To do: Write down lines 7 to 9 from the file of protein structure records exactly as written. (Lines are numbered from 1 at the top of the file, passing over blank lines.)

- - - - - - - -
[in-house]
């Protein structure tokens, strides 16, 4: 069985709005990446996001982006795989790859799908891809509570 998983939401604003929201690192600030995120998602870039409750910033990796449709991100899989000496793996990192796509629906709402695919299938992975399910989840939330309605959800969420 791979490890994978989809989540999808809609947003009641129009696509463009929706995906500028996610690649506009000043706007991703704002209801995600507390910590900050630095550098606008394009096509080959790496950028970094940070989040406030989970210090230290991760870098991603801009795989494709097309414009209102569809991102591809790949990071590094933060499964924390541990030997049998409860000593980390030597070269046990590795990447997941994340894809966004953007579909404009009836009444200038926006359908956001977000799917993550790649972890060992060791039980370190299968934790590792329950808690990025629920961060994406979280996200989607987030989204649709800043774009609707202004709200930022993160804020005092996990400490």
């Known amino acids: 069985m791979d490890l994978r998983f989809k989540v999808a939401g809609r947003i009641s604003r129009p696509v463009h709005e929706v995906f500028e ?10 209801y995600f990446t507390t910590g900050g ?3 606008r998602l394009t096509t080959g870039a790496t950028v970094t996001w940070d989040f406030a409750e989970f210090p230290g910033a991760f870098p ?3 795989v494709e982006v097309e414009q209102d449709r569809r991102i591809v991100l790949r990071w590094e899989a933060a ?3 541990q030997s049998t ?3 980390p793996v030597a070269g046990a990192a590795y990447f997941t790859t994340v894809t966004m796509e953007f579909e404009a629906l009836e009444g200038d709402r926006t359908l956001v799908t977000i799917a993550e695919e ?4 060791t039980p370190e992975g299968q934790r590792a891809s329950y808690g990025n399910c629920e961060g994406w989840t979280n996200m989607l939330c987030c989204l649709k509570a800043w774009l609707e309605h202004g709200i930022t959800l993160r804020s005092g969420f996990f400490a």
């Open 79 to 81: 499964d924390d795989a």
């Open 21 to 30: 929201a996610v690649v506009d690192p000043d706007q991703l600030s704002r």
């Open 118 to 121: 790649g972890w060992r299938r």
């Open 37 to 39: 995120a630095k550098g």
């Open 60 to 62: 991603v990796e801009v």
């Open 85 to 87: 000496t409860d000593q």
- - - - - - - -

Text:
């Open 37 to 39: 995120a630095k550098g």
């Open 60 to 62: 991603v990796e801009v």
């Open 85 to 87: 000496t409860d000593q």